Sachs on Pakistan’s economy

Published November 25, 2023
The writer is a former ambassador to the US, India and China and head of UN missions in Iraq and Sudan
The writer is a former ambassador to the US, India and China and head of UN missions in Iraq and Sudan

‘Koi khwaab na ho to bataen kya?’ (When no dreams stay what can one say?) — Athar Nafees (sung by Farida Khanum)

ON Nov 21, Dr Jeffrey Sachs, the renowned development economist of Columbia University, addressed the Sustainable Development Policy Institute in Islamabad. He began by referring to the general “failure of political systems to address people’s needs” and referred to the militarist global policy of the US as a prime example.

He noted US strategic policy was motivated more by “jealousy” towards China than concern for Americans. He observed if there was peace between India and Pakistan, the people of the subcontinent could benefit enormously.

Sachs noted that, according to IMF “diagnostics”, the Pakistan economy appeared “stuck” in low growth and that this year, negative growth was likely. Moreover, “there was no clear prosp­e­­ct of change”. Domestic investment at 14 per cent of GDP last year was “barely enough to co­­ver depreciation.”

The twin disasters of the devastating floods and the Covid pandemic had further exacerbated the situation. China, Pakistan’s gre­at friend and neighbour had, in contrast, sustained a domestic investment rate of 40 to 50pc since Deng Xiaoping’s Opening Up and Reform in 1978! Pakistan was simply “not investing in its future”.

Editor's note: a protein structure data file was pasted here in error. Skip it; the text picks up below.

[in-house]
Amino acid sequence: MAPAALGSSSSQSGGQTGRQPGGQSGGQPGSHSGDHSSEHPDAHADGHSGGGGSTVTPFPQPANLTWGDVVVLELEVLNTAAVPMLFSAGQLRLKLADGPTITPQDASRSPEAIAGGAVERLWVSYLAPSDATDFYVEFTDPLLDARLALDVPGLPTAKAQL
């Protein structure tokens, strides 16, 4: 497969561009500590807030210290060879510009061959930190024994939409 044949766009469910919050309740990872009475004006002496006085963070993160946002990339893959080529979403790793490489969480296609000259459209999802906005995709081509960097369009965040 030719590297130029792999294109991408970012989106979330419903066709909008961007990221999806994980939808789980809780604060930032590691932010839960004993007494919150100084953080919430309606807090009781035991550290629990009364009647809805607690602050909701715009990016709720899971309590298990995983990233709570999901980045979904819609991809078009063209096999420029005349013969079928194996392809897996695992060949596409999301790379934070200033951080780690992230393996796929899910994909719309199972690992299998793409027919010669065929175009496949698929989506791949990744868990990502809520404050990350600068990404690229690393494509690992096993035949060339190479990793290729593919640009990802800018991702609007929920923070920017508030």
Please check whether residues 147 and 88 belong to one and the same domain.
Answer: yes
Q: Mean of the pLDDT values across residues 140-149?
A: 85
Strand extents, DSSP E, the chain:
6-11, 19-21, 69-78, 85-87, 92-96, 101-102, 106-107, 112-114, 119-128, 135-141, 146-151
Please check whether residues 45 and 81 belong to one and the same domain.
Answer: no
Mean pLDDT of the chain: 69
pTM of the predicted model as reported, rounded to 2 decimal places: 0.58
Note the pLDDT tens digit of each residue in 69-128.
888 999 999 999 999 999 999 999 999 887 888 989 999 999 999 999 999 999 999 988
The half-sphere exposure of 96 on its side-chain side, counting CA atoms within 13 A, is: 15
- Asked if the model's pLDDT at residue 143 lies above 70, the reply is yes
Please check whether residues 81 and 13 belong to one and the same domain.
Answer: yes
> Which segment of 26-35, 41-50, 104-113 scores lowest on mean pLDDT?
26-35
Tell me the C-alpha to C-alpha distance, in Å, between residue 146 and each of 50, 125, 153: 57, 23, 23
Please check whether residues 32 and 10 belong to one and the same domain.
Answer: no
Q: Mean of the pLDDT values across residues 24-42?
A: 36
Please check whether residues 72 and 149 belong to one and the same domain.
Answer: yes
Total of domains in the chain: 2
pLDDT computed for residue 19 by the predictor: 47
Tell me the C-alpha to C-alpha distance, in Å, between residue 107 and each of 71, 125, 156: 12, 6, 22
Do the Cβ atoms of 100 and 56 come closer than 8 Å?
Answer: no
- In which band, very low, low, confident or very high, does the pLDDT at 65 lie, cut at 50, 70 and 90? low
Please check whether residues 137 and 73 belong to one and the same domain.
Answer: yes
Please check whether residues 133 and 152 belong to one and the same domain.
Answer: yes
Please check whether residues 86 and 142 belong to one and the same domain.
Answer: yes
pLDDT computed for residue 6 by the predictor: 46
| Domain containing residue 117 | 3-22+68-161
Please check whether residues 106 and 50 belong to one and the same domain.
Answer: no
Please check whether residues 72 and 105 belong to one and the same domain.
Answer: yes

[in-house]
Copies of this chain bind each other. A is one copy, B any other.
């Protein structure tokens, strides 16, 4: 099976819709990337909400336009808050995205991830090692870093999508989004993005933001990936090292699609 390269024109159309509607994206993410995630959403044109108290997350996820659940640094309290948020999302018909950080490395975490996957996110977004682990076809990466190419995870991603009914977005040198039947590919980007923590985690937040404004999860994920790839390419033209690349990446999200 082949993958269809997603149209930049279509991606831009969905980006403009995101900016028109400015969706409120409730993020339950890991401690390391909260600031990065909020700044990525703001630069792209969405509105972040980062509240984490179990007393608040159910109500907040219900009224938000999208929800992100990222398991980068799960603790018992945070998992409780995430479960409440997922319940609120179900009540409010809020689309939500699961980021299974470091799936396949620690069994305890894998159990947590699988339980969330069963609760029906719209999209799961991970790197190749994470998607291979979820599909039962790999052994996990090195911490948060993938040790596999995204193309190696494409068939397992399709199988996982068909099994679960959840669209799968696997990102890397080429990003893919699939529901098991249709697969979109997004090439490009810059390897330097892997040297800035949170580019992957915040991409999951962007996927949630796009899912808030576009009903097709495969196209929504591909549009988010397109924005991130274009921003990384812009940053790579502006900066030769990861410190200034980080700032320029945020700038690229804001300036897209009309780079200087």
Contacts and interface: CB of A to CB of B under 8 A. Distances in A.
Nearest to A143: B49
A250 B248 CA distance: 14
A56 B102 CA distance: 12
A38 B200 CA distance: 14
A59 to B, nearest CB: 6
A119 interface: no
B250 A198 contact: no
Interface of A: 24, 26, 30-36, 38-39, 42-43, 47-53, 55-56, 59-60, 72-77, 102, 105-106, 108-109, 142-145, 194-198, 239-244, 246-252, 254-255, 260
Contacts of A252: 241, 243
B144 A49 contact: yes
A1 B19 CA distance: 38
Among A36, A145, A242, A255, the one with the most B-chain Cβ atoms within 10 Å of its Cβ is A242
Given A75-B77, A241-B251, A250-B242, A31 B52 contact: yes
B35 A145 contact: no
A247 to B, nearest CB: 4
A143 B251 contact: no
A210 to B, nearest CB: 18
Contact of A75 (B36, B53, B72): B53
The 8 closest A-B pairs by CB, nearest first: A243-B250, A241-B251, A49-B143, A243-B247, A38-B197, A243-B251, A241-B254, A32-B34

As for school education, an essential ingredient of developing human capital, the situation in Pakistan was just as bad. The School Life Expectancy, ie, the number of years an average child spends in school in Pakistan, was just eight years according to the World Bank.

If technical and vocational education and training are also considered, the situation becomes much worse. Moreover, government revenue, which is the primary source of finance for development and human investments, was a mere 12pc of GDP.

If Pakistan is to achieve the educational and technical standards it absolutely needs to develop its economy, it would spend 83pc of its current government revenue. This would leave practically nothing for everything else.

Pakistan’s economic crisis is as much a political as it is an economic challenge.

Sachs noted that there was no way the private sector would or could make up the gap and the same held true for the healthcare sector — an equally vital ingredient of human development. To make matters still worse, the budget deficit of Pakistan in the fiscal year ending in 2023 was 7pc, contributing to an annual inflation rate of 30pc. In view of such statistics, Sachs bluntly observed, “a significant lifestyle change in Pakistan was required”.

Sachs also noted Pakistan had gone to the IMF for another bailout. And what did the IMF demand? Cut spending! At a time when Pakistan’s spending on critical ingredients of human and economic development was already too low!

In answer to Pakistan’s protests, the IMF command was: Be quiet! Don’t make a crisis! Austerity, Sachs admits, is needed, but it is not a solution. So what is to be done? A national investment plan is needed.